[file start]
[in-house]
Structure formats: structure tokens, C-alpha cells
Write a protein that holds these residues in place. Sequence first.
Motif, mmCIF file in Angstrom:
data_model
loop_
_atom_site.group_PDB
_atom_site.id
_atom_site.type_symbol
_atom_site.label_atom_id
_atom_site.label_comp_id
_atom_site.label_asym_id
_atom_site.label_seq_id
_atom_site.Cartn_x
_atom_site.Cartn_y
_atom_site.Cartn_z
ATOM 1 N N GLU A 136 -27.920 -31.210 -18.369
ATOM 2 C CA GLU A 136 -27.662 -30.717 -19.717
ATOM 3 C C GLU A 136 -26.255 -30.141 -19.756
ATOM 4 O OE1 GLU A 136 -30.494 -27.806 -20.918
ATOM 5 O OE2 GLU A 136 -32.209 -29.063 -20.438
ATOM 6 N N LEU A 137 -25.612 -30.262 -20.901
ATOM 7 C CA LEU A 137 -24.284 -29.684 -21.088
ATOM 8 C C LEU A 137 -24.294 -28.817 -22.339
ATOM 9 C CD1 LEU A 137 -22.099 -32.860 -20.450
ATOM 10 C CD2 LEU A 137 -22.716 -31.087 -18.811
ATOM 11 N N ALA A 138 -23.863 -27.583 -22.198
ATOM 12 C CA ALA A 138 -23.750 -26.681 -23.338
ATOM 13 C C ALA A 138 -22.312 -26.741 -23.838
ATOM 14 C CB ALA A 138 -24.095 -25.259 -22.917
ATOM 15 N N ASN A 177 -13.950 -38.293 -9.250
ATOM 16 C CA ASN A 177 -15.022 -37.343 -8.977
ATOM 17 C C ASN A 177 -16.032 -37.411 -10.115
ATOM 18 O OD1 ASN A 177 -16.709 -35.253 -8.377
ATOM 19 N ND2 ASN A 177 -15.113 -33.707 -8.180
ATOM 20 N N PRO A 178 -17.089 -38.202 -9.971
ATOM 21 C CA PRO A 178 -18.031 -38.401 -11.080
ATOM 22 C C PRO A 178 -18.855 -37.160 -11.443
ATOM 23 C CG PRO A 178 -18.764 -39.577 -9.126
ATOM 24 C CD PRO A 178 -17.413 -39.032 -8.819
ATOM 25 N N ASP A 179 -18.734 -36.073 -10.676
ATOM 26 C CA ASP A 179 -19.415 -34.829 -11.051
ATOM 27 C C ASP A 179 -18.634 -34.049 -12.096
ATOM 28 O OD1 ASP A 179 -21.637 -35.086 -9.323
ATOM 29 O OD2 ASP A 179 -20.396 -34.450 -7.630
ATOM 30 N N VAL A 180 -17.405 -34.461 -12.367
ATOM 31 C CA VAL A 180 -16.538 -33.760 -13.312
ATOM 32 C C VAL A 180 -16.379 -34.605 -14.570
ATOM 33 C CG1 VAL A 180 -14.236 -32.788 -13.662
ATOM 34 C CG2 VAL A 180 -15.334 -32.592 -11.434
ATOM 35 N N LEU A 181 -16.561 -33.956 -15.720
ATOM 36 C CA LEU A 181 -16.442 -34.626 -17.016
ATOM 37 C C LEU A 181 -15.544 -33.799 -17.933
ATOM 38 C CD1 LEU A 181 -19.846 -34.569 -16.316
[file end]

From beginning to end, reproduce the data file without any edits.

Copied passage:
[in-house]
Structure formats: structure tokens, C-alpha cells
Write a protein that holds these residues in place. Sequence first.
Motif, mmCIF file in Angstrom:
data_model
loop_
_atom_site.group_PDB
_atom_site.id
_atom_site.type_symbol
_atom_site.label_atom_id
_atom_site.label_comp_id
_atom_site.label_asym_id
_atom_site.label_seq_id
_atom_site.Cartn_x
_atom_site.Cartn_y
_atom_site.Cartn_z
ATOM 1 N N GLU A 136 -27.920 -31.210 -18.369
ATOM 2 C CA GLU A 136 -27.662 -30.717 -19.717
ATOM 3 C C GLU A 136 -26.255 -30.141 -19.756
ATOM 4 O OE1 GLU A 136 -30.494 -27.806 -20.918
ATOM 5 O OE2 GLU A 136 -32.209 -29.063 -20.438
ATOM 6 N N LEU A 137 -25.612 -30.262 -20.901
ATOM 7 C CA LEU A 137 -24.284 -29.684 -21.088
ATOM 8 C C LEU A 137 -24.294 -28.817 -22.339
ATOM 9 C CD1 LEU A 137 -22.099 -32.860 -20.450
ATOM 10 C CD2 LEU A 137 -22.716 -31.087 -18.811
ATOM 11 N N ALA A 138 -23.863 -27.583 -22.198
ATOM 12 C CA ALA A 138 -23.750 -26.681 -23.338
ATOM 13 C C ALA A 138 -22.312 -26.741 -23.838
ATOM 14 C CB ALA A 138 -24.095 -25.259 -22.917
ATOM 15 N N ASN A 177 -13.950 -38.293 -9.250
ATOM 16 C CA ASN A 177 -15.022 -37.343 -8.977
ATOM 17 C C ASN A 177 -16.032 -37.411 -10.115
ATOM 18 O OD1 ASN A 177 -16.709 -35.253 -8.377
ATOM 19 N ND2 ASN A 177 -15.113 -33.707 -8.180
ATOM 20 N N PRO A 178 -17.089 -38.202 -9.971
ATOM 21 C CA PRO A 178 -18.031 -38.401 -11.080
ATOM 22 C C PRO A 178 -18.855 -37.160 -11.443
ATOM 23 C CG PRO A 178 -18.764 -39.577 -9.126
ATOM 24 C CD PRO A 178 -17.413 -39.032 -8.819
ATOM 25 N N ASP A 179 -18.734 -36.073 -10.676
ATOM 26 C CA ASP A 179 -19.415 -34.829 -11.051
ATOM 27 C C ASP A 179 -18.634 -34.049 -12.096
ATOM 28 O OD1 ASP A 179 -21.637 -35.086 -9.323
ATOM 29 O OD2 ASP A 179 -20.396 -34.450 -7.630
ATOM 30 N N VAL A 180 -17.405 -34.461 -12.367
ATOM 31 C CA VAL A 180 -16.538 -33.760 -13.312
ATOM 32 C C VAL A 180 -16.379 -34.605 -14.570
ATOM 33 C CG1 VAL A 180 -14.236 -32.788 -13.662
ATOM 34 C CG2 VAL A 180 -15.334 -32.592 -11.434
ATOM 35 N N LEU A 181 -16.561 -33.956 -15.720
ATOM 36 C CA LEU A 181 -16.442 -34.626 -17.016
ATOM 37 C C LEU A 181 -15.544 -33.799 -17.933
ATOM 38 C CD1 LEU A 181 -19.846 -34.569 -16.316